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Paige Fusco

How it pays to innovate

Every time you pay for dinner by tapping your cellphone on a sensor, receive money for that freelance gig, or access government transfers by phone, you are participating in the rapidly accelerating move away from cash.

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Photo illustration of US dollar bills and coins.

Nicolas Economou via Reuters Connect

Hard Numbers: Americans use less cash, Africans heart mobile money, Indians accept fees, Norwegians cash out

41: That's the percentage of Americans who say they don't use cash for any purchases in a given week, according to a new Pew Research Center survey. Only 14% still pay for the bulk of their purchases with physical money, most of them likely low-income and unbanked.

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Ari Winkleman

The Graphic Truth: The world needs less cash

The world is not going cashless — but it certainly is using a lot less physical money than before. Non-cash transactions exploded during the pandemic, when people around the world first started buying everything online and then became accustomed to having less cash on them to do business in brick-and-mortar establishments. But the so-called "less cash" revolution is not playing out equally across the globe: while rich nations mostly use contactless cards, mobile payments are king in Africa. Meanwhile, QR codes are the way to go in Asia-Pacific, which is leading the surge in the global adoption of cashless payments. We take a look at how different regions have performed since 2019 and look ahead to next year.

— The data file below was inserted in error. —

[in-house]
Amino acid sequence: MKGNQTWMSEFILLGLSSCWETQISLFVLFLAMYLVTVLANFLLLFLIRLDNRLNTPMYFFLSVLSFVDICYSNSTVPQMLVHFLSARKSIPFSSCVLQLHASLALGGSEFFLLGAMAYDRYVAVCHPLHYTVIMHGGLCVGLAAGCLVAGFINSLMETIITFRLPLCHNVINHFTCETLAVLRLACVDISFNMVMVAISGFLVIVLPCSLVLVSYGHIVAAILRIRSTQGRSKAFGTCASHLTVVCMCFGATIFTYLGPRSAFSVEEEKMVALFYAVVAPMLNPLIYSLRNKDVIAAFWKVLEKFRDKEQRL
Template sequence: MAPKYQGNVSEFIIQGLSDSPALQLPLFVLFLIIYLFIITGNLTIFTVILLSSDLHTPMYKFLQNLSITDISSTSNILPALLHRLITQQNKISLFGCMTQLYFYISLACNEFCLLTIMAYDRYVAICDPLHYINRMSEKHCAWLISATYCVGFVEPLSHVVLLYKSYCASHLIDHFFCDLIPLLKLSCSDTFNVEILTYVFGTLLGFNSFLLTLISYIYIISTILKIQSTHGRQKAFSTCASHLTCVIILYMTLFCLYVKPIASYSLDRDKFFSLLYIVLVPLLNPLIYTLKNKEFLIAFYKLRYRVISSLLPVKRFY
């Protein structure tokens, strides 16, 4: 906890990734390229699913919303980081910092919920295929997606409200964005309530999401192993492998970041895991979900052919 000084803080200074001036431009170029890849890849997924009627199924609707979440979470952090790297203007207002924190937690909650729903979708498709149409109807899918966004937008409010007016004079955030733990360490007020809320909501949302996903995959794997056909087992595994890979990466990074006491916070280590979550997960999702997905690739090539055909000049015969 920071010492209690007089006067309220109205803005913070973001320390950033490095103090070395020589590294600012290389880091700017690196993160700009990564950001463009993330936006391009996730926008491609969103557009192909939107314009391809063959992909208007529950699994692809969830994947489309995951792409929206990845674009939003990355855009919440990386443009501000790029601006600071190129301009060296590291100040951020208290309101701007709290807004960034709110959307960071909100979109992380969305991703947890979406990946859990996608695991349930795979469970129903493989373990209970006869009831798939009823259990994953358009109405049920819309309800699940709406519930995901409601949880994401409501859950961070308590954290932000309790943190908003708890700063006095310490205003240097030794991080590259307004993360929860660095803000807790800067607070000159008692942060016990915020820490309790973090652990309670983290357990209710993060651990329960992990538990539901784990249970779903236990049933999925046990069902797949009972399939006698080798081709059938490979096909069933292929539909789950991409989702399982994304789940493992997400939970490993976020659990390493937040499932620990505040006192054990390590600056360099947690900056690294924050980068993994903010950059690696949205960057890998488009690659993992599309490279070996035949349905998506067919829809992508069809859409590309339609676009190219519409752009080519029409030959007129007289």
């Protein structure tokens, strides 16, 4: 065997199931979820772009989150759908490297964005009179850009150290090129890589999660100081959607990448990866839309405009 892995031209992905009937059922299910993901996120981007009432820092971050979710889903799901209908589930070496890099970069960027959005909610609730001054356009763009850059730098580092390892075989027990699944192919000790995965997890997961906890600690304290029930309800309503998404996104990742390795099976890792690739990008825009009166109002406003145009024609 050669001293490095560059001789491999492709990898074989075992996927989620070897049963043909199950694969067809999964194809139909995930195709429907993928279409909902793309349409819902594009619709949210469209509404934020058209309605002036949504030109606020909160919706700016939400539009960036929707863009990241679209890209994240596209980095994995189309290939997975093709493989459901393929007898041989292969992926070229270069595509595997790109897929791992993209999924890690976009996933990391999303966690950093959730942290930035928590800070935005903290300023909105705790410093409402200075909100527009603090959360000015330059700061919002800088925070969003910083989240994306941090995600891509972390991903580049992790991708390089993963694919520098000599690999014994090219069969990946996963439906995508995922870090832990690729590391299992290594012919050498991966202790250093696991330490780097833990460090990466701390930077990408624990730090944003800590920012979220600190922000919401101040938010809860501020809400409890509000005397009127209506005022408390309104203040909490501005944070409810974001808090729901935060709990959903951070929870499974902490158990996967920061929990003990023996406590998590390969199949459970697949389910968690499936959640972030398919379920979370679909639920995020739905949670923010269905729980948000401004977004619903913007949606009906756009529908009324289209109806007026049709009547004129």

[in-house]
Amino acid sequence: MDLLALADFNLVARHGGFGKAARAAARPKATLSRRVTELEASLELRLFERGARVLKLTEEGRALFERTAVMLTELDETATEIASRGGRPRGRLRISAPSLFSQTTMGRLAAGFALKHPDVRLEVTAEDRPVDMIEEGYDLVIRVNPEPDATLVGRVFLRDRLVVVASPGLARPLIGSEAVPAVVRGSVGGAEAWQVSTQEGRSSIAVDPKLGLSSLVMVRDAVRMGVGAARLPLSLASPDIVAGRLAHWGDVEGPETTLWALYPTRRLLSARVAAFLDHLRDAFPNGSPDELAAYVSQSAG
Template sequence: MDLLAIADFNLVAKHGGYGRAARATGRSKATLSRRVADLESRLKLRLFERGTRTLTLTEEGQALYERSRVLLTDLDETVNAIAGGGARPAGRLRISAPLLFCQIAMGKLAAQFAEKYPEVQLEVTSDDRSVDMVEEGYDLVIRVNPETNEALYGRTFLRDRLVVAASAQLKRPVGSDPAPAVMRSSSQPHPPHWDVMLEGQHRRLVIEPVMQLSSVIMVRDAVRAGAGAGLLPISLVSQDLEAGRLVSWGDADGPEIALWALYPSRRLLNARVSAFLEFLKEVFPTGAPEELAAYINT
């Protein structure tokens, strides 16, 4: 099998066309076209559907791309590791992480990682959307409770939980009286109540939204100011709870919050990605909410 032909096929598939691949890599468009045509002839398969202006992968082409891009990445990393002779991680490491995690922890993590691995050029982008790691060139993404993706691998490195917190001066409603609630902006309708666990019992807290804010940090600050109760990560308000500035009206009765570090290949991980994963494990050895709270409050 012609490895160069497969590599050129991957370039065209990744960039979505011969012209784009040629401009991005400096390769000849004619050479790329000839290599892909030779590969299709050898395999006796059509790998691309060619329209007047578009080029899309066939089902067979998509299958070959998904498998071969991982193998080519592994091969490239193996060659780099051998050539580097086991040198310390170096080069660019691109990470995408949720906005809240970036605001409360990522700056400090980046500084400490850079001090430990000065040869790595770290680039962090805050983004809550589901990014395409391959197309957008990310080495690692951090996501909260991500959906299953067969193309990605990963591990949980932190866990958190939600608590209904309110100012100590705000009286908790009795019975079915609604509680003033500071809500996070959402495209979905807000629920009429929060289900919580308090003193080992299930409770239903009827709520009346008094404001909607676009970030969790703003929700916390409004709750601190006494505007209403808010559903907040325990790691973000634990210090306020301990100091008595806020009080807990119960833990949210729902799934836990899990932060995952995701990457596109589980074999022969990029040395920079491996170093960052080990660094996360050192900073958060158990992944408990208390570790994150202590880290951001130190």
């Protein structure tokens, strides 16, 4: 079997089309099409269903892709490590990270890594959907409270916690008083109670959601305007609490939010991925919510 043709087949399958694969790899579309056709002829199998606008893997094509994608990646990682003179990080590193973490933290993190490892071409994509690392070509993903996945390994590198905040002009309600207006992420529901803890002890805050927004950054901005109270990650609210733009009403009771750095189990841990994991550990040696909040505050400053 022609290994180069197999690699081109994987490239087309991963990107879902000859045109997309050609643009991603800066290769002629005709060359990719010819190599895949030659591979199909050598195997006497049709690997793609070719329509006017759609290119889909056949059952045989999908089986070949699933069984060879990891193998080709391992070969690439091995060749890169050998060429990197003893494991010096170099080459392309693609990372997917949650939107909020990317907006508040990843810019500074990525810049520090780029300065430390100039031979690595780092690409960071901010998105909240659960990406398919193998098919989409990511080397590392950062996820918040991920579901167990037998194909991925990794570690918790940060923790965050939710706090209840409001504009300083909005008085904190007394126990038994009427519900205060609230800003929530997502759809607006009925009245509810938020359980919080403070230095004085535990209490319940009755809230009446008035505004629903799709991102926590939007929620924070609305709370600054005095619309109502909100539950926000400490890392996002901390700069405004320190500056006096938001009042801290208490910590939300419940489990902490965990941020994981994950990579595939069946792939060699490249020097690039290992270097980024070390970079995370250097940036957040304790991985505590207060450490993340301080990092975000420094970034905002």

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Are we entering a post-dollar world?

Are we entering a post-dollar world?

The U.S. dollar reigns supreme among all currencies in global trade and finance.

What does this mean? Only that the dollar is the currency of choice for most economic activities conducted around the world, including those by and between non-U.S. entities. For instance:

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